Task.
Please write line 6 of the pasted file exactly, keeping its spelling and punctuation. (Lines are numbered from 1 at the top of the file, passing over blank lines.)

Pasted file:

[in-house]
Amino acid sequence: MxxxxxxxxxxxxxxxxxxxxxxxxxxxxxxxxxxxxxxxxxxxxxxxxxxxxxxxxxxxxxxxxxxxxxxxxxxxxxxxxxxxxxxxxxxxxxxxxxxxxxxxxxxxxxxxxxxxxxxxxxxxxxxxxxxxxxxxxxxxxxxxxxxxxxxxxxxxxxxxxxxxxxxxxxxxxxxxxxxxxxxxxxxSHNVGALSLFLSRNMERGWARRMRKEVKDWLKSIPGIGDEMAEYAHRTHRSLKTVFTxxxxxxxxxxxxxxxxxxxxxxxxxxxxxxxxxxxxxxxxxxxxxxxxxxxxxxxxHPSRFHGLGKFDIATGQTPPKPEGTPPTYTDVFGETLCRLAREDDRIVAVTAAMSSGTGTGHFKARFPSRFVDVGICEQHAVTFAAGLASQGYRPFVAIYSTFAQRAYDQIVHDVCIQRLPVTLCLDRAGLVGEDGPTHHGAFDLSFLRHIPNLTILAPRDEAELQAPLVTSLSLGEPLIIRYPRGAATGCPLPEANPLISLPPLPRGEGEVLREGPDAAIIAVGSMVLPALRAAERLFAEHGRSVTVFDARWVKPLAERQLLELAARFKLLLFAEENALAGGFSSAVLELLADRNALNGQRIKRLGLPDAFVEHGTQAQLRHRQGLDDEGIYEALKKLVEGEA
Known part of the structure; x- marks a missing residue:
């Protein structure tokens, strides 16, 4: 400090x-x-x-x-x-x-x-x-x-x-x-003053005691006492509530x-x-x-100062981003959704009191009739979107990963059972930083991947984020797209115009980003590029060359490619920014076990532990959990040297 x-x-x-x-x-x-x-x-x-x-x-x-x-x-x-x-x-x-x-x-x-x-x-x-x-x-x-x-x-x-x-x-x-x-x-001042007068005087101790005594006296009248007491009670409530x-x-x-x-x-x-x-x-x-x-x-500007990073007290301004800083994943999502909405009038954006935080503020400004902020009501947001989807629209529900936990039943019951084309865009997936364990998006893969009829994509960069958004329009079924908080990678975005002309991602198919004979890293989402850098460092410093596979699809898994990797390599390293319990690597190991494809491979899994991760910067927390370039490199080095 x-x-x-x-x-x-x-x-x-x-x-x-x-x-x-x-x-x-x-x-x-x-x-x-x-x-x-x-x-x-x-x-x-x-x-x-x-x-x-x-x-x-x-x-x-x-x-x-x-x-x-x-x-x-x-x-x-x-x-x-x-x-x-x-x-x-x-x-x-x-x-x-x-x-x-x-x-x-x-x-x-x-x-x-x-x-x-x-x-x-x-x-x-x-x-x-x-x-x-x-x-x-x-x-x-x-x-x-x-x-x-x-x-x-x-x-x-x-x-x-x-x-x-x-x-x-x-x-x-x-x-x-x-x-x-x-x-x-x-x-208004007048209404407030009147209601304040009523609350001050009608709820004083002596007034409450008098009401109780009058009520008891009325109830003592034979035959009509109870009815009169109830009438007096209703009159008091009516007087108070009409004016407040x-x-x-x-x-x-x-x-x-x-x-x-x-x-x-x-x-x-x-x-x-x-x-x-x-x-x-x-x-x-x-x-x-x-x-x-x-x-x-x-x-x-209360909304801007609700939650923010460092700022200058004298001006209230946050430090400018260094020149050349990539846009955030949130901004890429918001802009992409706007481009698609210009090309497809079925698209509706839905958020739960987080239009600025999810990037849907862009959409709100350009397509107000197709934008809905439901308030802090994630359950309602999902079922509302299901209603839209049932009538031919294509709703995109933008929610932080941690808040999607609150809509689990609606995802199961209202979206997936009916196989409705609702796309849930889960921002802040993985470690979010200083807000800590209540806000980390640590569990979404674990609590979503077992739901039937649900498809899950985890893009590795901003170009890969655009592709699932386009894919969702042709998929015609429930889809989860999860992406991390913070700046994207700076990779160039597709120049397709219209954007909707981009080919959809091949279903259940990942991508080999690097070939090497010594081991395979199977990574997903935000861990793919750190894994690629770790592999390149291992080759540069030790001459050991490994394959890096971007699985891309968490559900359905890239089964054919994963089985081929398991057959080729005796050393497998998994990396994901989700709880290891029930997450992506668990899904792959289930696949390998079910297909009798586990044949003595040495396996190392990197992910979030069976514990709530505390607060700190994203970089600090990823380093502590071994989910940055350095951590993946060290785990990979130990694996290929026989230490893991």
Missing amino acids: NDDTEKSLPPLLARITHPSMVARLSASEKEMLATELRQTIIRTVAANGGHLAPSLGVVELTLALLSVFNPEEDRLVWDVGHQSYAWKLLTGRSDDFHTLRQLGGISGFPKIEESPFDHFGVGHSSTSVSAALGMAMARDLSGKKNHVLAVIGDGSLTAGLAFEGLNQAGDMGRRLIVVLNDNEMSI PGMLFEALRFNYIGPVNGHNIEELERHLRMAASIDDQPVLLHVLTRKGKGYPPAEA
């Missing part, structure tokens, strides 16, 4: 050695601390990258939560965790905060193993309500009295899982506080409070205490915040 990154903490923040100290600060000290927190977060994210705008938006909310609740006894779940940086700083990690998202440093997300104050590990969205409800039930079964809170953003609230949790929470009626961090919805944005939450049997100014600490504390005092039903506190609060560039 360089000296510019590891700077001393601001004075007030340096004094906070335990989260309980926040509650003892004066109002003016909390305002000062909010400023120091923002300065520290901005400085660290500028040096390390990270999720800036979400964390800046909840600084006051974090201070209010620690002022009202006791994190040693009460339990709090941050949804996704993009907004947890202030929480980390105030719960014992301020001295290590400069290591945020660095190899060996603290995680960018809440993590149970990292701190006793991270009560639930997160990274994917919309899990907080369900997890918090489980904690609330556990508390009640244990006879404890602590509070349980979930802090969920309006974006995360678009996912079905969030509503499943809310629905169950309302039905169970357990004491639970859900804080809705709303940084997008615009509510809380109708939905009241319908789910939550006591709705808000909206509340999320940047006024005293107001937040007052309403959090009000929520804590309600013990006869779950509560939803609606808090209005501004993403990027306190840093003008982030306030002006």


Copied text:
């Missing part, structure tokens, strides 16, 4: 050695601390990258939560965790905060193993309500009295899982506080409070205490915040 990154903490923040100290600060000290927190977060994210705008938006909310609740006894779940940086700083990690998202440093997300104050590990969205409800039930079964809170953003609230949790929470009626961090919805944005939450049997100014600490504390005092039903506190609060560039 360089000296510019590891700077001393601001004075007030340096004094906070335990989260309980926040509650003892004066109002003016909390305002000062909010400023120091923002300065520290901005400085660290500028040096390390990270999720800036979400964390800046909840600084006051974090201070209010620690002022009202006791994190040693009460339990709090941050949804996704993009907004947890202030929480980390105030719960014992301020001295290590400069290591945020660095190899060996603290995680960018809440993590149970990292701190006793991270009560639930997160990274994917919309899990907080369900997890918090489980904690609330556990508390009640244990006879404890602590509070349980979930802090969920309006974006995360678009996912079905969030509503499943809310629905169950309302039905169970357990004491639970859900804080809705709303940084997008615009509510809380109708939905009241319908789910939550006591709705808000909206509340999320940047006024005293107001937040007052309403959090009000929520804590309600013990006869779950509560939803609606808090209005501004993403990027306190840093003008982030306030002006």